Wednesday, April 20, 2011

Why I Don't Rate Beer

I don’t prefer a traditional review style of craft beers for a few reasons. There is too much inconsistency in the market, for one: one bottling of Jolly Pumpkin Noel de Calabaza will taste slightly different than a later bottling, for example, and one of the very best conversations one can have with a stranger over a pint of craft beer is the discussion about how the beer has evolved or changed from year to year. Not that this is a bad thing; this is what makes craft beer more similar to the fine wine market than to the macrobrewery experience. I know for a fact that the sun will rise tomorrow, that my dogs hate snow, and that the next can of PBR will taste just like the last can of PBR, which  will taste just like the last can of PBR I drink before I die. Consistency is the mainstay of the macro market, and I am forever glad that it is not the ultimate pursuit of the Michigan craft beer market.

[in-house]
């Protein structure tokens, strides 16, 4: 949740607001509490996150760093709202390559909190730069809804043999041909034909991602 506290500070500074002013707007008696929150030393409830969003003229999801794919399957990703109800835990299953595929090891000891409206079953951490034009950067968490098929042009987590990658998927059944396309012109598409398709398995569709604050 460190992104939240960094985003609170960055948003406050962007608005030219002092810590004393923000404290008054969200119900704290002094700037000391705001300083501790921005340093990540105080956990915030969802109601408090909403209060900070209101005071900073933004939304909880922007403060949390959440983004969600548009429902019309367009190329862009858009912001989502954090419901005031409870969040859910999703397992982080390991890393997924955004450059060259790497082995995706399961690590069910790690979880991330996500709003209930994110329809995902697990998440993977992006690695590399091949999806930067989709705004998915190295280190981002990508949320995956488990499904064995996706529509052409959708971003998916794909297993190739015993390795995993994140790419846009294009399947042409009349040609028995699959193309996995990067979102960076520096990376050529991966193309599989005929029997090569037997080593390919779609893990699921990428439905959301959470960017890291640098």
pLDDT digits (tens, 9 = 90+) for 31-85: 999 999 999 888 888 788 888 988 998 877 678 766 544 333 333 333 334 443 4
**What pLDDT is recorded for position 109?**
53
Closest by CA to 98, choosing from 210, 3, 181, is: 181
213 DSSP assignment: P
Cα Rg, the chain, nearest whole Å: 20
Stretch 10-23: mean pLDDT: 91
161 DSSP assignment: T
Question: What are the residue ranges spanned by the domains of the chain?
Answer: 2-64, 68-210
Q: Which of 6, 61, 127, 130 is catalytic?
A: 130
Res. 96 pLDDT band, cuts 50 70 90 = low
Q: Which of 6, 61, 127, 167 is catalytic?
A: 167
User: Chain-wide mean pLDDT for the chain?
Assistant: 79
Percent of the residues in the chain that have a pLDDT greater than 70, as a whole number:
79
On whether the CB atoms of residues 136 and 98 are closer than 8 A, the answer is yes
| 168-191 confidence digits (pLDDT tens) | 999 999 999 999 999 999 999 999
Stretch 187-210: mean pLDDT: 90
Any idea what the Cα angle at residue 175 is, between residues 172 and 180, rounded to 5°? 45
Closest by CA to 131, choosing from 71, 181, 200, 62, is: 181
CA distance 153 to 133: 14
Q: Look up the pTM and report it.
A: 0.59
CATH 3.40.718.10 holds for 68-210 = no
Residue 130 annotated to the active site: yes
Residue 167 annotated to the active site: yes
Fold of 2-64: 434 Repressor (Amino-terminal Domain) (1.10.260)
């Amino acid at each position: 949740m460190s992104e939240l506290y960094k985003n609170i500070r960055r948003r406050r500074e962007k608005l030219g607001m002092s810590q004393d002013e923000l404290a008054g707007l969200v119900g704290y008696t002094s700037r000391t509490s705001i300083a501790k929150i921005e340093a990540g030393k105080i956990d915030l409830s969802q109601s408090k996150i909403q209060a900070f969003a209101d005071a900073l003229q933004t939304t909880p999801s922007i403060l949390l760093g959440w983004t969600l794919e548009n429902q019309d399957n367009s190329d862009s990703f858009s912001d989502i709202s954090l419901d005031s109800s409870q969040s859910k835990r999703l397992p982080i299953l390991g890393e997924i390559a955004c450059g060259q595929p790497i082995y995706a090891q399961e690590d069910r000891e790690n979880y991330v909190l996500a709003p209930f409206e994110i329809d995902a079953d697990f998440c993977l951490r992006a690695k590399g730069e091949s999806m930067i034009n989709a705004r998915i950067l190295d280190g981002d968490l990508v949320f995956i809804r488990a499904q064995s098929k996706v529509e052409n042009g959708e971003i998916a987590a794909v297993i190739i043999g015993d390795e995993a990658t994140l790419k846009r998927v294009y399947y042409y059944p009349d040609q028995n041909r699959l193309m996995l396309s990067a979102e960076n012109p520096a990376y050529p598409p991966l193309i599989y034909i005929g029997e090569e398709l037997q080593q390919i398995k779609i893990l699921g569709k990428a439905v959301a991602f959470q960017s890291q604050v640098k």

My personal distrust of ratings systems comes in as a close second for why I don’t score beers.  A ratings scale can mean many different things to different people. A score of 5 out of 10, for example, may mean a decent, average beer to some, while many others would rank it as a failure of a beer. A score of C- would seem like a perfectly reasonable beer to try for many people, while the overachieving straight - A students would be turned off by such poor performance. Many people in the reviewing field try to temper this issue in several ways. I know of some who, recognizing that a “x out of 10” scale is unconsciously converted to grades (thus making 5/10 a 50%, or a failing grade), try to adjust by making the lowest score they give a 6. This just masks the issue, and doesn’t get to the root of the problem. I know of others who explain their scores with as much detail as possible, like a restaurant menu carefully explaining exactly what medium rare means. Again, the language leaves too much up to interpretation. One person’s “adequate session beer, worth buying if you can find it on sale” is another’s “pile of discount trash, don’t bother.”